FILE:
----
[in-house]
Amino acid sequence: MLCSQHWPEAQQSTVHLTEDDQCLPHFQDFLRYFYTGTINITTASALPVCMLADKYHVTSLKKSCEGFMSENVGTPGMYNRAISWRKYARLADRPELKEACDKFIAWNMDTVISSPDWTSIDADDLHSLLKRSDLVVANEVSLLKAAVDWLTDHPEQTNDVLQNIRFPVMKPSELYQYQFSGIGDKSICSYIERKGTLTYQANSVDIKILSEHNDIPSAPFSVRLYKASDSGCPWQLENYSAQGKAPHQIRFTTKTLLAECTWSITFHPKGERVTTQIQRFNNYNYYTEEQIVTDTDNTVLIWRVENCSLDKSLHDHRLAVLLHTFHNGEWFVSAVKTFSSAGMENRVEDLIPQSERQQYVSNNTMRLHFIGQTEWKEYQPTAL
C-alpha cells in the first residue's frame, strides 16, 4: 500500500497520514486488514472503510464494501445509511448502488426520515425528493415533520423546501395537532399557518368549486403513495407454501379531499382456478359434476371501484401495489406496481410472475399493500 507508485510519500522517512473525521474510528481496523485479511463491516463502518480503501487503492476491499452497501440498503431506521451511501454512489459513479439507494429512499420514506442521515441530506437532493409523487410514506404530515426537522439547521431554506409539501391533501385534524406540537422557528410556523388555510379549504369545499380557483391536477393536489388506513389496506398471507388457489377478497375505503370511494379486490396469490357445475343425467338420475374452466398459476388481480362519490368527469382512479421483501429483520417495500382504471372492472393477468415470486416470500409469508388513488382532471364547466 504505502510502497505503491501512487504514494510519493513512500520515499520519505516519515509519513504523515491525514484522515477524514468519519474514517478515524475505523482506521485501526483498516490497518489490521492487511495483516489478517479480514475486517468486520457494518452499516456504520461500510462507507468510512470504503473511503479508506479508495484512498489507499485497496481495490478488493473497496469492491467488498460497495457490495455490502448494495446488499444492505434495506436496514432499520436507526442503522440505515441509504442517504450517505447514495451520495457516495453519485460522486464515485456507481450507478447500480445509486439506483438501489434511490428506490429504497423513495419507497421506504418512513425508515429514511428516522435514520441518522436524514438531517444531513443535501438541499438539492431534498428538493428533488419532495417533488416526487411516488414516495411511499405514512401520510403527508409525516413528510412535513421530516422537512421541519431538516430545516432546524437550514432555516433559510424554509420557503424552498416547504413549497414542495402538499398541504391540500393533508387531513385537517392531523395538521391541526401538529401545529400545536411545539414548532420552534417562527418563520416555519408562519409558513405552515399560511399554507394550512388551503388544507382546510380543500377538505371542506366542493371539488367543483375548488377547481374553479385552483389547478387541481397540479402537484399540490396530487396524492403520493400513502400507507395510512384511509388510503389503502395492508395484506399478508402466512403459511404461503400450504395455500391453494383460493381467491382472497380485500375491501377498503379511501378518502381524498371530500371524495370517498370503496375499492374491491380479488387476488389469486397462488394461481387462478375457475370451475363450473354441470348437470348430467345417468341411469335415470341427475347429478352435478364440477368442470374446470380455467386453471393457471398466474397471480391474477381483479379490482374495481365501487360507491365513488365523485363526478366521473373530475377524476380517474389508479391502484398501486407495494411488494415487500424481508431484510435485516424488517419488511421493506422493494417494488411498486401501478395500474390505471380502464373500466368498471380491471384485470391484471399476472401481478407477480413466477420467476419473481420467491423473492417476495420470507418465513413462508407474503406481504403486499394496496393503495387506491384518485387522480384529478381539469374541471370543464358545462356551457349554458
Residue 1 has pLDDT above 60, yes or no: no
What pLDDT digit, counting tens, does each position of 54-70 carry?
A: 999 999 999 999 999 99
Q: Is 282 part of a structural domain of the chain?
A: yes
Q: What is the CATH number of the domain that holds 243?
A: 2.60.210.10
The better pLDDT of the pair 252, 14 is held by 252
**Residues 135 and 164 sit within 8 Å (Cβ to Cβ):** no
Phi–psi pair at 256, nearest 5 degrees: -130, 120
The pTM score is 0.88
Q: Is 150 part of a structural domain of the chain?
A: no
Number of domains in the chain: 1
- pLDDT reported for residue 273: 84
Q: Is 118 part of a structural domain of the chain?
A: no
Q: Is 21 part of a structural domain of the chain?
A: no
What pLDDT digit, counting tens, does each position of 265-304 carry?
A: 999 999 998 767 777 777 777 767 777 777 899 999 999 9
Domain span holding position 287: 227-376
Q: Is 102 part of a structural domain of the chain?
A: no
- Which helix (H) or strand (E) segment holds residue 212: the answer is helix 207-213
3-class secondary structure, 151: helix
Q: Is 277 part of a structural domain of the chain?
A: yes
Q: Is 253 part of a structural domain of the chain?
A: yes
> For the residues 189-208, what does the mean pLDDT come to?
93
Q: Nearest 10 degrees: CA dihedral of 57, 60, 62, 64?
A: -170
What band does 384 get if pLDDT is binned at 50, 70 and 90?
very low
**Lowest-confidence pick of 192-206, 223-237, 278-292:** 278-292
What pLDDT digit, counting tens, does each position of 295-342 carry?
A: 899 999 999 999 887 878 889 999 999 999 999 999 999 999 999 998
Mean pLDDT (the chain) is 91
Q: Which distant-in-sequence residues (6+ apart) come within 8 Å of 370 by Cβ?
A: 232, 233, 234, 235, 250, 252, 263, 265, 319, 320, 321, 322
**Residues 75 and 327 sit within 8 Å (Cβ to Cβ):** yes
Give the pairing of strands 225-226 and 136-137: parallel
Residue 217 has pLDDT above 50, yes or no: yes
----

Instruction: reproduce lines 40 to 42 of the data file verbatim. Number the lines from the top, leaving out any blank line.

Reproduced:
**Lowest-confidence pick of 192-206, 223-237, 278-292:** 278-292
What pLDDT digit, counting tens, does each position of 295-342 carry?
A: 899 999 999 999 887 878 889 999 999 999 999 999 999 999 999 998